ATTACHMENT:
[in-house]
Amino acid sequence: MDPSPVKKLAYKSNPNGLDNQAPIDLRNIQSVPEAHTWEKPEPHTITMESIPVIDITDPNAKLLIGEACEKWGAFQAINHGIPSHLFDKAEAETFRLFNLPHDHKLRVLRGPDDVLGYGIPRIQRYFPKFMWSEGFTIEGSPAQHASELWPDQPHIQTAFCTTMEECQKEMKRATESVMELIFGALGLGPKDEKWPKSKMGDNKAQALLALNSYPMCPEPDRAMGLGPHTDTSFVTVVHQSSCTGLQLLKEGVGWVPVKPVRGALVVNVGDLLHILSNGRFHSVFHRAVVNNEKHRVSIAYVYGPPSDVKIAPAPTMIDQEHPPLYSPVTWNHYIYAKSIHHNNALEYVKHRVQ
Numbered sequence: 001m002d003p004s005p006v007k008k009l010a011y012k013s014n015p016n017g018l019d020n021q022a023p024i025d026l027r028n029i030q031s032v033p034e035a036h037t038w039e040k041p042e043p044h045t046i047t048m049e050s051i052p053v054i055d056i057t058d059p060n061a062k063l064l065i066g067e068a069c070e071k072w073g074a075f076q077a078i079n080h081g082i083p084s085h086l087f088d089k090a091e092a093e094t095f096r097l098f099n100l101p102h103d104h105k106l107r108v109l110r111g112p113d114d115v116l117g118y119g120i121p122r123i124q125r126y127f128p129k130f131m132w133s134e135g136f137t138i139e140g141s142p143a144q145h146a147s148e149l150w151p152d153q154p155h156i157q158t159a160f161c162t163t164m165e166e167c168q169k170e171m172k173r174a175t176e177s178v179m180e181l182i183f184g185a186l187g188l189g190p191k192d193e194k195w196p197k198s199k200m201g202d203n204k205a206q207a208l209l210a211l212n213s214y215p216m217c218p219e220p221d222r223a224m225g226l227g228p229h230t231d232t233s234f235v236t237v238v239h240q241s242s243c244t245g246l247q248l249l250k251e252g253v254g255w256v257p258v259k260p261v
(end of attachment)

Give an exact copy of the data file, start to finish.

[in-house]
Amino acid sequence: MDPSPVKKLAYKSNPNGLDNQAPIDLRNIQSVPEAHTWEKPEPHTITMESIPVIDITDPNAKLLIGEACEKWGAFQAINHGIPSHLFDKAEAETFRLFNLPHDHKLRVLRGPDDVLGYGIPRIQRYFPKFMWSEGFTIEGSPAQHASELWPDQPHIQTAFCTTMEECQKEMKRATESVMELIFGALGLGPKDEKWPKSKMGDNKAQALLALNSYPMCPEPDRAMGLGPHTDTSFVTVVHQSSCTGLQLLKEGVGWVPVKPVRGALVVNVGDLLHILSNGRFHSVFHRAVVNNEKHRVSIAYVYGPPSDVKIAPAPTMIDQEHPPLYSPVTWNHYIYAKSIHHNNALEYVKHRVQ
Numbered sequence: 001m002d003p004s005p006v007k008k009l010a011y012k013s014n015p016n017g018l019d020n021q022a023p024i025d026l027r028n029i030q031s032v033p034e035a036h037t038w039e040k041p042e043p044h045t046i047t048m049e050s051i052p053v054i055d056i057t058d059p060n061a062k063l064l065i066g067e068a069c070e071k072w073g074a075f076q077a078i079n080h081g082i083p084s085h086l087f088d089k090a091e092a093e094t095f096r097l098f099n100l101p102h103d104h105k106l107r108v109l110r111g112p113d114d115v116l117g118y119g120i121p122r123i124q125r126y127f128p129k130f131m132w133s134e135g136f137t138i139e140g141s142p143a144q145h146a147s148e149l150w151p152d153q154p155h156i157q158t159a160f161c162t163t164m165e166e167c168q169k170e171m172k173r174a175t176e177s178v179m180e181l182i183f184g185a186l187g188l189g190p191k192d193e194k195w196p197k198s199k200m201g202d203n204k205a206q207a208l209l210a211l212n213s214y215p216m217c218p219e220p221d222r223a224m225g226l227g228p229h230t231d232t233s234f235v236t237v238v239h240q241s242s243c244t245g246l247q248l249l250k251e252g253v254g255w256v257p258v259k260p261v